Ergo Proxy by Shūkō Murase (Review)

A deeply existential dystopic tale that seems intent on doing everything it can to leave viewers scratching their heads, for better or worse.
A still from Ergo Proxy depicting a young woman in dark clothing and makeup pointing a shotgun at the screen

During the early-to-mid ’00s, there was a slew of ambitious anime titles including Texhnolyze, Wolf’s Rain, Paranoia Agent, Witch Hunter Robin, Darker than Black, and Ghost in the Shell: Stand Alone Complex. They took anime’s propensity for philosophical musings (we see you, Neon Genesis Evangelion) and blended it with bleak storylines, antihero characters, dark (even dystopic) fictional worlds, and cutting edge production that combined traditional cel animation with CGI.

And then there was Manglobe’s Ergo Proxy which, when it comes to over-the-top animated philosophizing, might just be at the very top of the list.

Unlike some of those aforementioned titles, Ergo Proxy was not originally produced for broadcast TV, but rather, for a premium satellite channel and DVD release. As such, commercial and merchandising prospects were less of a concern, which allowed director Shūkō Murase (who also directed Witch Hunter Robin) and writer Dai Satō (Cowboy Bebop, Eureka Seven) to pursue their philosophical storytelling interests with fewer constraints.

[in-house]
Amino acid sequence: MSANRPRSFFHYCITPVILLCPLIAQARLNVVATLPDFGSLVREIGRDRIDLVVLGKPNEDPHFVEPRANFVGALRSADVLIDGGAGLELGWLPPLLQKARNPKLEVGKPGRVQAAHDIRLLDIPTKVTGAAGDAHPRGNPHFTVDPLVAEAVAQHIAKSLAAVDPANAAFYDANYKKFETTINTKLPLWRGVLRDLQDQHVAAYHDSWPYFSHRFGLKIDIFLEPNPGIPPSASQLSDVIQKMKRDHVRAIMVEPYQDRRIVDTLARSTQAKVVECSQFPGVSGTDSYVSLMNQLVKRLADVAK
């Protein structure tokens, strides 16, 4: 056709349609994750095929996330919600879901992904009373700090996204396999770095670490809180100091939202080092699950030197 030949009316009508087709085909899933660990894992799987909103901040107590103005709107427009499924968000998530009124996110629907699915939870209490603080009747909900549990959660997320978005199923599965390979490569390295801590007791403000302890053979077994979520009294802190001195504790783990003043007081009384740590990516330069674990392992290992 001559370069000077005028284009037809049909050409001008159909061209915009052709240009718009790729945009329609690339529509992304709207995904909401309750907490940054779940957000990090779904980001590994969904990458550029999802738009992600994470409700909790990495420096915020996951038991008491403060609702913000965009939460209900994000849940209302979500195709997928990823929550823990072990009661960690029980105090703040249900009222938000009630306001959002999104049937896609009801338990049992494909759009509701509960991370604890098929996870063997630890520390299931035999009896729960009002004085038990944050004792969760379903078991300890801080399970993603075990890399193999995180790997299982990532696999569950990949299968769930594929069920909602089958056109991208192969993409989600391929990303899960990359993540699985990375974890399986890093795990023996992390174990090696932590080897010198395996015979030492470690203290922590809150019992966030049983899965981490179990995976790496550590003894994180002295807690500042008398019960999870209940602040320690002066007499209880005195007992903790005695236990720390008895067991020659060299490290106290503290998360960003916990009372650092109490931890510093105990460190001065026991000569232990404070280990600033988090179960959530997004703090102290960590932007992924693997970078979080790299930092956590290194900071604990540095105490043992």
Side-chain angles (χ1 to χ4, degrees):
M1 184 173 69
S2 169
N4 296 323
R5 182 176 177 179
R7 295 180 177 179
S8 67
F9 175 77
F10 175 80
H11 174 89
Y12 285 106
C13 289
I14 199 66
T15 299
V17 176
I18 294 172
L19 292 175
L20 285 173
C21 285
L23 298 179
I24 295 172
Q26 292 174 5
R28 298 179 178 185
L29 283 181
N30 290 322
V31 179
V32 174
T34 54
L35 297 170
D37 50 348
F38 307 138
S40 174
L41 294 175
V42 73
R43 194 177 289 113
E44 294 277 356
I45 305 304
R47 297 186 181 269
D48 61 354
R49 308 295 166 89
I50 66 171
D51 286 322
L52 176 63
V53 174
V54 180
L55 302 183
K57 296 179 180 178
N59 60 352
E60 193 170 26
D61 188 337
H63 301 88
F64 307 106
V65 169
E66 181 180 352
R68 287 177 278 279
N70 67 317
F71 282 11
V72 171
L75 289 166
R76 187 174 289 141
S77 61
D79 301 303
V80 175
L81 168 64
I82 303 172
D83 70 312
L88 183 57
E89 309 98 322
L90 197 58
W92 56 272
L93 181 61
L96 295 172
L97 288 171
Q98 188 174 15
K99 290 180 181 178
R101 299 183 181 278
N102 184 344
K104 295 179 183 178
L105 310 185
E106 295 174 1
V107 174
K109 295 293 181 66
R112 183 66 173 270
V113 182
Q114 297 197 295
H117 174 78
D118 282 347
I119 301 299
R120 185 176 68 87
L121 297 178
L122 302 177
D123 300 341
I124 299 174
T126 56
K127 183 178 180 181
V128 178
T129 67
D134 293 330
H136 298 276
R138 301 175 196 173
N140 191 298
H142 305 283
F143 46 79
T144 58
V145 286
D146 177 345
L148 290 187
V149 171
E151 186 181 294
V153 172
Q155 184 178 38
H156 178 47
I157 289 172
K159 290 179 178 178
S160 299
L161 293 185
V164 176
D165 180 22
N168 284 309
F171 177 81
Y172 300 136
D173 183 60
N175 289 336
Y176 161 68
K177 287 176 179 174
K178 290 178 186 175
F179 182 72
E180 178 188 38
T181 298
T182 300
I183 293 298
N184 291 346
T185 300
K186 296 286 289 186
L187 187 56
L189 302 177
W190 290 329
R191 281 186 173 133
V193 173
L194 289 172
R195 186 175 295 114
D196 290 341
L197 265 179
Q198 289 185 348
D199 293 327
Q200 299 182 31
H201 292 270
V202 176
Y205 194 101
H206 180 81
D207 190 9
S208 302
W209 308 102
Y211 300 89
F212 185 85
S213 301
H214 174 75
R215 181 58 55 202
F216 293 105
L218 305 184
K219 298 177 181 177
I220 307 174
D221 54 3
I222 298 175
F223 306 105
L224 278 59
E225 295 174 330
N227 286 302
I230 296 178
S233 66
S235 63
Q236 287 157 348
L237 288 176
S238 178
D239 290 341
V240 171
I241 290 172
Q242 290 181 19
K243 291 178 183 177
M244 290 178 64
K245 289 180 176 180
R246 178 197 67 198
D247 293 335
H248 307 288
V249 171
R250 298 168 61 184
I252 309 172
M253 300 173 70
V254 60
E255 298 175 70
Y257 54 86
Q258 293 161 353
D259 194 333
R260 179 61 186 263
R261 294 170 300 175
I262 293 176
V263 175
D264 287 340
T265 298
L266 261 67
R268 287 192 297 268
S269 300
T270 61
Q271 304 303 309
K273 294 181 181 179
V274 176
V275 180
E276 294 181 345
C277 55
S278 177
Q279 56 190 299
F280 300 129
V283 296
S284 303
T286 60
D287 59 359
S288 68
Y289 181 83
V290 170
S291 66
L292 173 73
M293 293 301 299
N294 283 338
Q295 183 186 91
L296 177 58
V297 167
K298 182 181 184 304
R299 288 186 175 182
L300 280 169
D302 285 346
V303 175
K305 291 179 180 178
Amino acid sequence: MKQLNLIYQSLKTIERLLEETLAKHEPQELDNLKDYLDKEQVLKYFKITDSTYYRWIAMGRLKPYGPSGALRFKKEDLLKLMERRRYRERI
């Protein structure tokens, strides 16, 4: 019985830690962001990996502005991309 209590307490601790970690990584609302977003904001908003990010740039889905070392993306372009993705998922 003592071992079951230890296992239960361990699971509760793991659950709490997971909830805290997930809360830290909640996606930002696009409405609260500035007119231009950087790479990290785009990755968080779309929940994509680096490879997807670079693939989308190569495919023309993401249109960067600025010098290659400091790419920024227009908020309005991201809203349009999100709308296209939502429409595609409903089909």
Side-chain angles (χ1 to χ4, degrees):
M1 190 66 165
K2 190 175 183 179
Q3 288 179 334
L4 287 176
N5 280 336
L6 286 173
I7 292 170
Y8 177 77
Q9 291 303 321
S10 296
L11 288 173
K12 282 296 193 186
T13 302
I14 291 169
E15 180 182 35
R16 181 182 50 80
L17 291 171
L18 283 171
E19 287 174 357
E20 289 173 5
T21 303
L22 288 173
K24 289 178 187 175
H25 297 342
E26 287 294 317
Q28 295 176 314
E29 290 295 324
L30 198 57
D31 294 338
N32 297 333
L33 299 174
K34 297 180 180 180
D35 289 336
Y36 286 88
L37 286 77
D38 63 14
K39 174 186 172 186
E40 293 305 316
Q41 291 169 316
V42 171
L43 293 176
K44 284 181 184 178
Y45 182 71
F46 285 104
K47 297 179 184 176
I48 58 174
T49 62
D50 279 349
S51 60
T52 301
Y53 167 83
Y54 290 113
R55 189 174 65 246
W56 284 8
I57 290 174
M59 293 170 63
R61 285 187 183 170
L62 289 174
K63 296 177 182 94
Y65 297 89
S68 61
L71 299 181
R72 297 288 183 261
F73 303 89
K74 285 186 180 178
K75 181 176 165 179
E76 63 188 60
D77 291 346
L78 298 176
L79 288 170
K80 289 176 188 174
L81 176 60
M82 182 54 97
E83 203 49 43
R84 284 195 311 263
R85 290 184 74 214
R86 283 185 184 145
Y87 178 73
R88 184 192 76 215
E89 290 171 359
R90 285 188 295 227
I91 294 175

Some of this manifests simply in the character’s names, which reference Ignatius of Loyola, Jacques Derrida, Jacques Lacan and other famous philosophers. More broadly speaking, though, Ergo Proxy is a deeply existential dystopic tale that seems intent on doing everything it can — through its overwrought dialog, convoluted mythology, and obtuse character arcs — to leave viewers scratching their heads, for better or worse.

Ergo Proxy - Vincent Law
Why can’t Vincent Law remember any of his life before arriving in Romdeau?

Thousands of year from now, environmental disasters have reduced Earth to a barren wasteland, forcing the remaining humans to live in large domed cities. One such city is Romdeau, where citizens have their every need met and live lives of ease and comfort with the help of android-like companions called AutoReivs. However, life in Romdeau is carefully regulated, a fact that rankles young Re-L Mayer, a government agent investigating a series of murders committed by AutoReivs that became self-aware after being infected by a strange virus.

During her investigation, Mayer meets Vincent Law, an immigrant to Romdeau who works a dangerous job hunting down infected AutoReivs in the hopes of becoming a proper citizen himself. Although he seems insignificant at first, Law becomes the focus of his own investigation after a bizarre monster attacks him in broad daylight and subsequently slaughters countless bystanders. But Mayer begins to suspect Romdeau’s leadership, including her own grandfather, of hiding something after she herself is attacked and nearly killed by monsters, an event that is quickly covered up.

Mayer and Law realize that nothing is what it seems in Romdeau, and along with a child-like AutoReiv named Pino, they embark on a journey to discover the truth of the world. This journey will take them far beyond Romdeau’s dome and force them to re-evaluate everything they know about their existence as they try to answer a single question: What are the mysterious creatures known only as Proxies, and what’s their purpose on Earth?

Ergo Proxy - Re-L Mayer and Iggy
Re-L Mayer and her AutoReiv Iggy on an investigation